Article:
WASHINGTON, D.C. -- Today, U.S. Rep. Ed Markey (D-MA), a senior member of the House Homeland Security Committee, released the following statement on the airline bombing plot that was reportedly foiled by British authorities and the subsequent raising of the terror threat level to Code Red:

“As the fifth anniversary of the September 11th attacks approaches, we are once again reminded that passenger airplanes remain at the top of Al Qaeda’s terrorist target list.  It appears that British authorities have foiled a plot that could have killed thousands using passenger airplanes and explosives.  While this terrorist plan may have been thwarted, I still am gravely concerned about gaping aviation security loopholes that continue to put passengers and crew members at risk. 

“The explosion of Flight 103 over Lockerbie, Scotland in 1988 was caused by undetected plastic explosives in a bag placed on the airplane without a passenger, yet, most of the billions of pounds of commercial cargo carried on passenger planes every year is loaded onboard without being screened for liquid, plastic, or conventional explosives.  Known terrorists can still board planes in Europe headed for the U.S. because the Department of Homeland Security still checks the master terrorist watch list only after the flight takes off, not before. And the security lines today will be endless in part because the Republican Congress has put an arbitrary cap on the number of security screeners at U.S. airports, stretching thin the ability of TSA to scrutinize baggage for explosives without slowing down lines at checkpoints.

“The need to address this liquid explosives problem is over ten years old, and was spelled out in chilling detail by Abdul Hakim Murad in a 1996 confession.  He detailed an alleged plot to join the other two men in blowing up a dozen U.S. jumbo jetliners carrying 4,000 people in January 1995, a plan code-named ‘Bojinga.’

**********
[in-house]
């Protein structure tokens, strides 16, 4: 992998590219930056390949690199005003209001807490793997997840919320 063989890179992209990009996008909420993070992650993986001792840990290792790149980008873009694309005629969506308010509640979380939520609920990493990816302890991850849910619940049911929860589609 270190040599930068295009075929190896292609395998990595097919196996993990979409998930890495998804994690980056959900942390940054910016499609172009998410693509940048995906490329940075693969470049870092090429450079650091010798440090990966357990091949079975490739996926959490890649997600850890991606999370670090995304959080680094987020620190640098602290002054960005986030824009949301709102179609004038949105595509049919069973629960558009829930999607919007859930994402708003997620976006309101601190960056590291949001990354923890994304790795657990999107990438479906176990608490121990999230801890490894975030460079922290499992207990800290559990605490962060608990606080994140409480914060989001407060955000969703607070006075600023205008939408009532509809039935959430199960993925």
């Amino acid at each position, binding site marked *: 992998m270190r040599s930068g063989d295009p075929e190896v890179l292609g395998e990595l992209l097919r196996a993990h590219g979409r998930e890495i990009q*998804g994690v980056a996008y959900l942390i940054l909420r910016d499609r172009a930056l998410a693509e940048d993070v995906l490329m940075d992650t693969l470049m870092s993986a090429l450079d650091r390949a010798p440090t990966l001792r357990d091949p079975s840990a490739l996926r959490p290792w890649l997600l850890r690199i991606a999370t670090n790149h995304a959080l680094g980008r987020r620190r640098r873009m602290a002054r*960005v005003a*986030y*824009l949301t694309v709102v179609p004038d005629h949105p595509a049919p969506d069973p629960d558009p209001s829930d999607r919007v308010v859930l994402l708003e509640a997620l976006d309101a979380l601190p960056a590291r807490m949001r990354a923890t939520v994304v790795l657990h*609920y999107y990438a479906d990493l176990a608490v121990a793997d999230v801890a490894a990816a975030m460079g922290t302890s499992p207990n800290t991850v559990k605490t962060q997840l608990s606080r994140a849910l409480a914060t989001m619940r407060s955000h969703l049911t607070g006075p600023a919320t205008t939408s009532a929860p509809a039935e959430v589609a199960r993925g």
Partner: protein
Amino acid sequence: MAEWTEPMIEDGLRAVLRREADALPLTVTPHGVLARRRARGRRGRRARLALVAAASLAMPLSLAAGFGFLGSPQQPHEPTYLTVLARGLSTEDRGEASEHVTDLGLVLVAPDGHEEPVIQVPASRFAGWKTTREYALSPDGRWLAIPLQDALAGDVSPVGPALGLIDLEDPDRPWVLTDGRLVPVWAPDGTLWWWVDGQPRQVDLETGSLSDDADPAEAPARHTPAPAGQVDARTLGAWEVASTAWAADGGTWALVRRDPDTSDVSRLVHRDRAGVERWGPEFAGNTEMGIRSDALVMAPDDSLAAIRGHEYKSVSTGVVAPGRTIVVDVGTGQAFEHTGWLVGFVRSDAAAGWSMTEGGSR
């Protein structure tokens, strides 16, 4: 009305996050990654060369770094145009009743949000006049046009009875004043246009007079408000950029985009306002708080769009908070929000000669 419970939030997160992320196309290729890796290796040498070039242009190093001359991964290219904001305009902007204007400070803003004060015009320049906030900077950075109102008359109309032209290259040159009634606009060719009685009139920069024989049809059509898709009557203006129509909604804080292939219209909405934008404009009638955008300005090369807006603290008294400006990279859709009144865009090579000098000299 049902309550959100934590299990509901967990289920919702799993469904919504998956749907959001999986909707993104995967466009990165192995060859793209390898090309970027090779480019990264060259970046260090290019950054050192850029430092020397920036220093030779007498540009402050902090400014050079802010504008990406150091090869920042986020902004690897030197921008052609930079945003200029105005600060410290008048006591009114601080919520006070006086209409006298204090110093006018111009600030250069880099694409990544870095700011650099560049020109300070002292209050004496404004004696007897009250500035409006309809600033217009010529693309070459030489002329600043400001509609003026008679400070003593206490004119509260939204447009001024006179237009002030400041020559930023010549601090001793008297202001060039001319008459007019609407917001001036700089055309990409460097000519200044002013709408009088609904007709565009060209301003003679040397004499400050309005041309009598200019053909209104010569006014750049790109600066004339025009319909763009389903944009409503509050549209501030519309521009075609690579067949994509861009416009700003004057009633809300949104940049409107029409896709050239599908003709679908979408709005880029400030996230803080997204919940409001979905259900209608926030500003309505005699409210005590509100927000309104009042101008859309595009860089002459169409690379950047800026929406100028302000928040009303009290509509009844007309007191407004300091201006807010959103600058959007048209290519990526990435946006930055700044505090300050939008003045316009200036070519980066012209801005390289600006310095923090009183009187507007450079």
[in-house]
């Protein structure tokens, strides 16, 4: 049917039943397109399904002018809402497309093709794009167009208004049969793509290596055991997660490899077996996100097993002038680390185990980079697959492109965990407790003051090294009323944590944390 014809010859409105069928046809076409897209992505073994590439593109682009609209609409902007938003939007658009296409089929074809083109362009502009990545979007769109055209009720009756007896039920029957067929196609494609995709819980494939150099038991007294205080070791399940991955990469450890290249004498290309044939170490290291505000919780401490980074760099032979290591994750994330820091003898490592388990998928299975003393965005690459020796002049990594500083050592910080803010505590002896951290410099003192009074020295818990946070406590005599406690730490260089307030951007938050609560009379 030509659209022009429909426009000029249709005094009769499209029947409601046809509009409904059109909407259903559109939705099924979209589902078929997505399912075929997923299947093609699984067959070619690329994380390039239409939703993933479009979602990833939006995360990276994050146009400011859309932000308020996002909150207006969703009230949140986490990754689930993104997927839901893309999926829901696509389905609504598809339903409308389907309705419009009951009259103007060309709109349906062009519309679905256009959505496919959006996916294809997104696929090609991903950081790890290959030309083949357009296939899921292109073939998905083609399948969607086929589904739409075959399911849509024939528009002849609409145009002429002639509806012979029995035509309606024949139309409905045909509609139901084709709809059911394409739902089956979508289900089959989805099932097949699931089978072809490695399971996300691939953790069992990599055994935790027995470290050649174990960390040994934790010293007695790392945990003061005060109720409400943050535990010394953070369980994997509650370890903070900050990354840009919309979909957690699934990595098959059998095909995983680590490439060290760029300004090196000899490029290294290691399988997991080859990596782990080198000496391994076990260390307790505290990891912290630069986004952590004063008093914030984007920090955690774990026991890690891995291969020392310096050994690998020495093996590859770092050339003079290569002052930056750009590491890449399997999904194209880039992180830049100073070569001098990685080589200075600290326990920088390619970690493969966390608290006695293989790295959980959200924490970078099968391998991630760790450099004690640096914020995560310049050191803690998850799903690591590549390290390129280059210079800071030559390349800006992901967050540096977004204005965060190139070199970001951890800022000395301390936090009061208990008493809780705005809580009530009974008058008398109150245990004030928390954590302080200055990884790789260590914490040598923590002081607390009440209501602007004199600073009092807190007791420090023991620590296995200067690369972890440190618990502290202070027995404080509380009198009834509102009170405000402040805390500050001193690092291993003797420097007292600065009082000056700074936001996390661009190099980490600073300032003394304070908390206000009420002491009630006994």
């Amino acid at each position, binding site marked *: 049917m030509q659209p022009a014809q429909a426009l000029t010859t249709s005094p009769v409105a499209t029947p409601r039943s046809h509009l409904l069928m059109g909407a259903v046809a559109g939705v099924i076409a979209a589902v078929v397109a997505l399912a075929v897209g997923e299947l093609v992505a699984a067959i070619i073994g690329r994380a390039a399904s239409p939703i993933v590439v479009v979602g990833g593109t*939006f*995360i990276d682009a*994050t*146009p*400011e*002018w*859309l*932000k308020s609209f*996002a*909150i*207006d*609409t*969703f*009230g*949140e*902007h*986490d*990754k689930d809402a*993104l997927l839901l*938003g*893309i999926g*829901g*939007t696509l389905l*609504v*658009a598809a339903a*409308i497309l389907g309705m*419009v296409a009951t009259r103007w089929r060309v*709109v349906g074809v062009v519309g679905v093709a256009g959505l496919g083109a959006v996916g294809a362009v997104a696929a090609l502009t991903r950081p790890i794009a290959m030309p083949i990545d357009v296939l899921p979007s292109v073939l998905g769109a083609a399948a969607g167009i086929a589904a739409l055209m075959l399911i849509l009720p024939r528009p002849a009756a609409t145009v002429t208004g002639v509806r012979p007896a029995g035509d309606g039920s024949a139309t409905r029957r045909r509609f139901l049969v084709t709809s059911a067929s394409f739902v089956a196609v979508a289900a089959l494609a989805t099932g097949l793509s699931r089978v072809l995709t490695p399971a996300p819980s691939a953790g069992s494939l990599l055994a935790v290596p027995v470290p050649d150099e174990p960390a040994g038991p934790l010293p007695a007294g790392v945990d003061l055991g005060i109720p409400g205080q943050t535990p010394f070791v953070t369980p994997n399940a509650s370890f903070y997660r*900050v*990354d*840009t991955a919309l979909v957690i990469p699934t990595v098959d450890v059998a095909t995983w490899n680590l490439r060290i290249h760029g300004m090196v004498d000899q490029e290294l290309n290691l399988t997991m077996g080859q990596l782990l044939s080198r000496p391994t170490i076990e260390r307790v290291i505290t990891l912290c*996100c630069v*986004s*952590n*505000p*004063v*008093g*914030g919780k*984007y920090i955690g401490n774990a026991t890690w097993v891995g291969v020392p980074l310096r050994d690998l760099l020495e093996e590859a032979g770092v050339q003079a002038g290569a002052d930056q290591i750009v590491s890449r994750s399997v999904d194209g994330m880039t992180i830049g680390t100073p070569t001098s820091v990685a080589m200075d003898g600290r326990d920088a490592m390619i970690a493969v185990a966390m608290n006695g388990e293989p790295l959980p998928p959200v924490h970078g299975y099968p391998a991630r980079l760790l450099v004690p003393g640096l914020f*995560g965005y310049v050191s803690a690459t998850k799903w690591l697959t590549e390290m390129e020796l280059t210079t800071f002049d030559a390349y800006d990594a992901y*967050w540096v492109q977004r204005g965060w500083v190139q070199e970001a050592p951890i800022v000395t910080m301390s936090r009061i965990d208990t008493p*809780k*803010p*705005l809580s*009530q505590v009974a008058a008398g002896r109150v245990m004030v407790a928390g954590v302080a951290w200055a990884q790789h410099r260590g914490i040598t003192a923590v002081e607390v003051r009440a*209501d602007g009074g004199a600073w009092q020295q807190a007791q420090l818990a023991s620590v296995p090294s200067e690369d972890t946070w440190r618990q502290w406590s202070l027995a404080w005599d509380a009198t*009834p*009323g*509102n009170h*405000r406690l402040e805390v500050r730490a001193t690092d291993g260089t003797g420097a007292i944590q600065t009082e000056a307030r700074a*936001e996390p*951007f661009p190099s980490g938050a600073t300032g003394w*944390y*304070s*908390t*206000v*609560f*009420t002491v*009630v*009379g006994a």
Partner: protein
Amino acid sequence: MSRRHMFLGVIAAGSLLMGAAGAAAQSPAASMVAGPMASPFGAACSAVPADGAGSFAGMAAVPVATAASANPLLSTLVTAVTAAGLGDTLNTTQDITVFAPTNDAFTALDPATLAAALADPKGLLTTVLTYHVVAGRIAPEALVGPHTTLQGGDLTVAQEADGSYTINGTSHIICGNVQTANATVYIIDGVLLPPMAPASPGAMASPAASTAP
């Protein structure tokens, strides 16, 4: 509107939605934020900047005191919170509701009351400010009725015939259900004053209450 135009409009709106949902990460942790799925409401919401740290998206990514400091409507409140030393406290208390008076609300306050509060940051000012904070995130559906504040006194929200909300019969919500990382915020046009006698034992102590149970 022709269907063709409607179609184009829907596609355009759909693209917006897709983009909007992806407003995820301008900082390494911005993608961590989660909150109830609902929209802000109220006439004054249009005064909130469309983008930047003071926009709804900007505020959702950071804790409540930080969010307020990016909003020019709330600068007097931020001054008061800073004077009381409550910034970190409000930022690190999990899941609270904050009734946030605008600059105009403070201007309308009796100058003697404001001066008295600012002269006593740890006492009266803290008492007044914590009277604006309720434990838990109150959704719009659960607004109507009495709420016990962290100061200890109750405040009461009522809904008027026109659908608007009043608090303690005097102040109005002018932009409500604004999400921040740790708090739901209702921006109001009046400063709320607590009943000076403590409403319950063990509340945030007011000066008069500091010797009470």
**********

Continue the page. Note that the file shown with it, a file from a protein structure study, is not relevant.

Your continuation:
“While we are fortunate that today’s attack appears to have been stopped by vigilant British authorities, today’s announcement should be yet another wake-up call to the Bush Administration to rapidly close the glaring loopholes that persist almost 5 years after 9/11.”

Here is an excerpt from an account of the 1996 plot according to the Washington Post account by R. Jeffrey Smith (Sunday, July 21 1996; Page A01):

“This is . . . the best thing. I enjoy it," Murad admitted to a Pakistani interrogator last year when asked why he wanted to kill so many Americans, according to a transcript read in court on Thursday. He went on to explain that "the United States is the first country in this world making trouble for . . . Muslims and for our people." He said that is why he was prepared to help put 12 bombs on U.S. aircraft that would blow up over the ocean in a two-day reign of terror meant to provoke an end to U.S. support for Israel. The impressive workings of the bombs these men were making for that purpose are spelled out in Murad's confession and in documents retrieved from the hard drive of a portable computer allegedly owned by Yousef, which he inadvertently left behind in a Manila apartment where police showed up to investigate a fire caused by the mixture of some of the chemicals. Murad made clear that their intent in designing the devices was to ensure they could be readily slipped past airport screening devices and assembled in the washrooms of the planes once the flights were underway.  At the heart of each device was a timer built by rewiring a commonly available Casio digital watch, which could be connected to a stabilized form of liquid nitroglycerin stored in a bottle ostensibly filled with contact lens solution. The stabilizer for the nitroglycerin looked like cotton, and Murad told interrogators that "nobody can think that it's ... explosive."

“Murad said that even if the liquid nitroglycerin is put "in the X-ray, you will never" detect it, which several U.S. airplane security experts say is true. Even newer screening devices that can see through clothes would have difficulty ferreting out such a substance, according to these experts.

“Once the liquid was assembled with two small, 9-volt batteries and a detonating material that the men planned to conceal in their shoes, the bombs were to be hidden under aircraft seats. When the planes landed at the next stop, the men were to disembark. The planes would "never reach their [next] destinations" because the bombs were to detonate when the watch alarms went off, according to assistant U.S. Attorney Michael J. Garcia. Thousands of passengers would have died, Garcia said.”

August 10, 2006

CONTACT: Israel Klein